It’s like Pokemon Go, except you save the planet instead

This app gives shoppers a way to compare the carbon footprint of common retail goods.

A screenshot from Steven Isley's app.
A screenshot from Steven Isley’s app.

What if you looked at the world through your phone, and instead of seeing Charmander or Squirtle, you saw the carbon footprint of a bottle of water you were thinking about buying?

Steve Isley, a behavioral scientist at the National Renewable Energy Laboratory in Golden, Colorado, has developed an augmented reality app that could help consumers make better choices for the planet.

Along with a team of scientists, an intern and a research fellow, Isley developed the app to give shoppers a way to compare the carbon footprint of common retail goods. The ultimate goal: to gauge whether prominently displayed environmental information swayed shoppers toward making greener decisions.

The team had been brainstorming ways to draw attention to the carbon footprint of common household items. Isley said they considered “ecolabels,” stickers that could be applied to products. The sticker would detail how good or bad the item was for the environment based on carbon consumption measured in miles driven. But grocery store items are already covered in labels — organic, natural, fat-free — and it would be too difficult to get consumers to care.

“Stickers on a box are too one-size-fits-all,” Isley said. “The information overload already makes it hard to make a choice.”

Then the team thought of augmented reality — a responsive and game-like method for merging user preferences with product information.

The team tested an augmented reality shopping app on more than 120 volunteers of all ages at an unnamed Golden grocery store in October. They offered $20 to participants to shop for water and cereal. The participants were then required to purchase the goods they chose.

Isley devised a way to give about 4o brands of cereal a letter grade based on user preferences. In a survey, participants ranked qualities of cereal in order of importance. Protein content, fiber content, corn or wheat content, caloric content and carbon footprint were just some of the qualities listed. Isley emphasized that although many people did value nutrition, about 5 percent put sugary cereal as a top priority. Therefore, for those participants, sugary cereals would get an “A.”

Since the goal of the study was to gauge awareness of carbon footprint as a factor in consumer choice, no matter the letter grade of the product, eco-friendly cereals or water bottles were highlighted in green.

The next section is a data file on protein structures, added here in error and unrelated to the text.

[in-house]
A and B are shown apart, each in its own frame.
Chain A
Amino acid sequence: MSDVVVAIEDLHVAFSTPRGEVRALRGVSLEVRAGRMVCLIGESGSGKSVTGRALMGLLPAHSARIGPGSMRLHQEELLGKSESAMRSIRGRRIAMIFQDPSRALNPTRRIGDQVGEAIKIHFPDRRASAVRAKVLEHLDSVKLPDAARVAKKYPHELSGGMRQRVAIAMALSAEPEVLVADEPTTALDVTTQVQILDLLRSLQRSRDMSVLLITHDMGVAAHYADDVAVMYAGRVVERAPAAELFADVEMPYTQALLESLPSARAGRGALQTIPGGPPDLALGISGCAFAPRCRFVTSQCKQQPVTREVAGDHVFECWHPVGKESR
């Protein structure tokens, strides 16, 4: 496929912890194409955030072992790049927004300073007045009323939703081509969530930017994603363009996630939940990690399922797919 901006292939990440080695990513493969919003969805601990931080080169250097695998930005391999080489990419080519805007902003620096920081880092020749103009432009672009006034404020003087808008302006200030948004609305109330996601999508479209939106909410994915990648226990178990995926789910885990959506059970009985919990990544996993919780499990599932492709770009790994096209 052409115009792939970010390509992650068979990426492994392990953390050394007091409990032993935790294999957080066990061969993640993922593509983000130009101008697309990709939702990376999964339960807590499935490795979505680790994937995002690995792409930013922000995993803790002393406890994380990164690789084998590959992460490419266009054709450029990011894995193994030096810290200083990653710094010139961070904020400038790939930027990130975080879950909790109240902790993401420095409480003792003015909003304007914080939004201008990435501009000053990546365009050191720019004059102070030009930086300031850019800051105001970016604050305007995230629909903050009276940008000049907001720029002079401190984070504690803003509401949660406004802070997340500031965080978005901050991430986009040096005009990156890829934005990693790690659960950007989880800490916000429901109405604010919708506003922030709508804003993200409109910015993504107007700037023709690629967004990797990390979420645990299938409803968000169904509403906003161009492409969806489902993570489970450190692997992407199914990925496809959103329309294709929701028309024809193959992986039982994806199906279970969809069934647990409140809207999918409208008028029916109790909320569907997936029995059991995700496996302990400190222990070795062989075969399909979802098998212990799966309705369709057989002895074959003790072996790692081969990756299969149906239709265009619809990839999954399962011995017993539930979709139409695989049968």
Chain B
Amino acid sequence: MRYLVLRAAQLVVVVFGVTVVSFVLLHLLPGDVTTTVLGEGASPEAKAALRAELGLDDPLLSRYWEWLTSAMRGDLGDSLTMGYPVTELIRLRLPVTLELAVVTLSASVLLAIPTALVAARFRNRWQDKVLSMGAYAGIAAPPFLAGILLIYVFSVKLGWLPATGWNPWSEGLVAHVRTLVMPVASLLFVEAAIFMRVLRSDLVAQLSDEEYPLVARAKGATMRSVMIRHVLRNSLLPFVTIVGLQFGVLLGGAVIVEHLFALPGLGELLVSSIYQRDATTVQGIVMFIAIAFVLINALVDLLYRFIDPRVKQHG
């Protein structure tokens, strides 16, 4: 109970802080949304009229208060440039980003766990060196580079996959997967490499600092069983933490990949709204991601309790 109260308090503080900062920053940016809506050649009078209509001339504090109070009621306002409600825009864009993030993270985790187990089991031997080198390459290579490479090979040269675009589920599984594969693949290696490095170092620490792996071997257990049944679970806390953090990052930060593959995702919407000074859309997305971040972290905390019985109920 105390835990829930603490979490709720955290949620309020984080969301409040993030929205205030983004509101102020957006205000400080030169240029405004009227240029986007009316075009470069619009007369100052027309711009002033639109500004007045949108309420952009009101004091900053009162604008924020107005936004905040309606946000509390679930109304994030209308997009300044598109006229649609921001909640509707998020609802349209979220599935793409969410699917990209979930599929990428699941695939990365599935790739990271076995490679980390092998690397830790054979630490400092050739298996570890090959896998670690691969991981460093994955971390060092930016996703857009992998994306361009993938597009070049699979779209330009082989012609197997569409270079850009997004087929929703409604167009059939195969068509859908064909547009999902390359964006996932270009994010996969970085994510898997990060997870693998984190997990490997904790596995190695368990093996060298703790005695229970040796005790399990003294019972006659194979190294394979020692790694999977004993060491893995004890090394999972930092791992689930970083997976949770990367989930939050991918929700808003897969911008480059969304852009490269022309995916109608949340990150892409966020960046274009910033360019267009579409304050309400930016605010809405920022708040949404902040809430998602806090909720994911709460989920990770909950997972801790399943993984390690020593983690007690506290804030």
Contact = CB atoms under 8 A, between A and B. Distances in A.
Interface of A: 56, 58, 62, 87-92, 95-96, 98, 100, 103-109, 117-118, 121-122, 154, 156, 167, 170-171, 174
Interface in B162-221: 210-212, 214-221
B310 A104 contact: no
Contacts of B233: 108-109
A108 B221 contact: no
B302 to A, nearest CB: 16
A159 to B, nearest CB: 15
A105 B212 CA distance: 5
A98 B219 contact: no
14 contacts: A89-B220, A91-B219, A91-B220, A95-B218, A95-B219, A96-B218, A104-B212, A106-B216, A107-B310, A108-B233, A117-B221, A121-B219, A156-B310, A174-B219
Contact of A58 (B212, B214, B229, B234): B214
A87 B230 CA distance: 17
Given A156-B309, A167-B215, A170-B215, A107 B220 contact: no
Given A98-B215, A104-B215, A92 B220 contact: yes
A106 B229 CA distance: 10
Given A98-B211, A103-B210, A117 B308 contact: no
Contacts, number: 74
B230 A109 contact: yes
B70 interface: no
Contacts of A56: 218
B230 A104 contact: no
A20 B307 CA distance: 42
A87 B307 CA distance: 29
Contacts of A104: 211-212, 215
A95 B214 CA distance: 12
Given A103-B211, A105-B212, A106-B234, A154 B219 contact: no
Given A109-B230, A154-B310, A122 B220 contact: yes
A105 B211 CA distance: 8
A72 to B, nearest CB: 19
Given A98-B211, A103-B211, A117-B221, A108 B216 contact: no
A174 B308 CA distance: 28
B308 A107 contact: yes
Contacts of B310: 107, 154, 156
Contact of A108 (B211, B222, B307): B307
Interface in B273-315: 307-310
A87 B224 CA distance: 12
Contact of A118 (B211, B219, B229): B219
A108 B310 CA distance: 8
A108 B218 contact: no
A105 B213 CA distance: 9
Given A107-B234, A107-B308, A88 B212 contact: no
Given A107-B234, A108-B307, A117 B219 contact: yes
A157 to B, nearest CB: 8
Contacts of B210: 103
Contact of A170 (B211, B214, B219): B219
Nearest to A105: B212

Shopping for water involves considerably fewer choices, so the product was used as a control to see whether carbon footprint would actually sway a user’s decision, when flavor and brand-loyalty were not factors.

And it worked. Sort of.

The experiment found that compared to a control group shopping in regular reality, the group shopping in augmented reality bought water with a 25 percent smaller carbon footprint. With cereal, however, the reduction was not statistically significant. Brand loyalty, nutritional content and other factors outweighed carbon footprint.

They did find that the vast majority of users enjoyed the app and felt comfortable using it in public and that they made considerably healthier choices on cereal when shopping with the app, suggesting it could be used for more than just saving the environment.

Augmented reality is not new.

It’s just become a lot more popular recently.

“Father of computer graphics” Ivan Sutherland’s 1986 Sword of Damocles game is regarded as the first recorded use of both virtual and augmented reality, according to

There was limited development in the field until the ‘90s when the Air Force and the NFL adopted it. Only since 2013 has the technology become advanced and affordable enough to take steps toward consumer audiences. Virtual and augmented reality technology attracted $1.1 billion in investment in 2016 and is often considered the future of computing.

As for Pokemon Go? Isley doesn’t think the app will change the world’s energy consumption, but it does go a long way to normalize augmented reality for the greater public.

“It has really highlighted the attractiveness of augmented reality,” Isley said.

Isley’s app still faces challenges before the team could ever consider releasing their product to the public. There is currently no comprehensive database with product-specific information, and Isley says carbon information is labor-intensive and costly to calculate.

At the moment, Isley’s study is under review, but the team is looking for other opportunities to expand on their findings. One way would be partnering up with companies interested in using their technology to enhance nutrition, water conservation or other methods of enhancing social good.

To Isley’s knowledge, his team is the only one working with augmented reality and consumer choice.

Oh, and if you are looking for the post-apocalyptic version of the world where augmented reality becomes the norm and information overload is a million times more aggressive than your usual shopping trip, check out this video by Keiichi Matsuda.

Multimedia business & healthcare reporter Chloe Aiello can be reached via email at or

Subscribe to Denverite’s newsletter here.